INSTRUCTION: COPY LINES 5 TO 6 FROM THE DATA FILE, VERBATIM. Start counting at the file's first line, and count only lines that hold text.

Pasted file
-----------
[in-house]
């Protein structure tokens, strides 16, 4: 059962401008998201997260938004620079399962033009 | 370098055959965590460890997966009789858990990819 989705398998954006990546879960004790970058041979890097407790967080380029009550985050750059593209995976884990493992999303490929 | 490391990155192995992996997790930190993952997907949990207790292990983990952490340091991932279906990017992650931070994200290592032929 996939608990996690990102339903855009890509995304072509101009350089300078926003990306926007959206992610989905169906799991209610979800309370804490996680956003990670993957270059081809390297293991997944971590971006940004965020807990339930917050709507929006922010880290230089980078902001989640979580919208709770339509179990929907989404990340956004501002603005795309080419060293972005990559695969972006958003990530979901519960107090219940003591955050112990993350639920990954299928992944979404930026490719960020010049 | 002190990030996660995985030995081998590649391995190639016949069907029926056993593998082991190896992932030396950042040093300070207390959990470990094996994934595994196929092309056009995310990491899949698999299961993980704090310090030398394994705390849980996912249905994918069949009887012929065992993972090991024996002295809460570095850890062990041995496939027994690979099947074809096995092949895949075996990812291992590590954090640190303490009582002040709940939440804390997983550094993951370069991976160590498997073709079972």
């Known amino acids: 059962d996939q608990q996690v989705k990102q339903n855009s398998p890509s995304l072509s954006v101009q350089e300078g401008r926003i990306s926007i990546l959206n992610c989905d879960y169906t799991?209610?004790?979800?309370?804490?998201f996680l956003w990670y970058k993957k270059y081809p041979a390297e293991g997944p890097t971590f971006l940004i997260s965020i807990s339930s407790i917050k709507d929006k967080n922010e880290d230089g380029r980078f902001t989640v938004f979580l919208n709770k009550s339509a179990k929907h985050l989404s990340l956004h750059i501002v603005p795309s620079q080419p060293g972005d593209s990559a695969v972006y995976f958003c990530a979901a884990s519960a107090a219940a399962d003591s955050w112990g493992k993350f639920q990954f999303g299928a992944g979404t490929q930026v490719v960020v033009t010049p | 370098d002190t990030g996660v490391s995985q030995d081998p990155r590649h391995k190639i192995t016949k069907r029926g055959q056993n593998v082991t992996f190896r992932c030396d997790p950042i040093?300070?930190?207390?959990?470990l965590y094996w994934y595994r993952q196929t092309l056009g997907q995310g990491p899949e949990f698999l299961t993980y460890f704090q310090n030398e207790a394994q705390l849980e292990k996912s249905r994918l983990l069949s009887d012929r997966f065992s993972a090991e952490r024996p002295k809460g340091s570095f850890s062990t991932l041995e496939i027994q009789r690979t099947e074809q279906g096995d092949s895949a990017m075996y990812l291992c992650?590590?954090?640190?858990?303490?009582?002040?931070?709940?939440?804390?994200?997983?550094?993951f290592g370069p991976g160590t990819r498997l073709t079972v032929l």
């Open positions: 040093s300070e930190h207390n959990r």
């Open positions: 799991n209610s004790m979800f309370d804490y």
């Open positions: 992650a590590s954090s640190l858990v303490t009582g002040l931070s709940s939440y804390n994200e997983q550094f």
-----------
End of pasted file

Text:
């Open positions: 799991n209610s004790m979800f309370d804490y």
């Open positions: 992650a590590s954090s640190l858990v303490t009582g002040l931070s709940s939440y804390n994200e997983q550094f």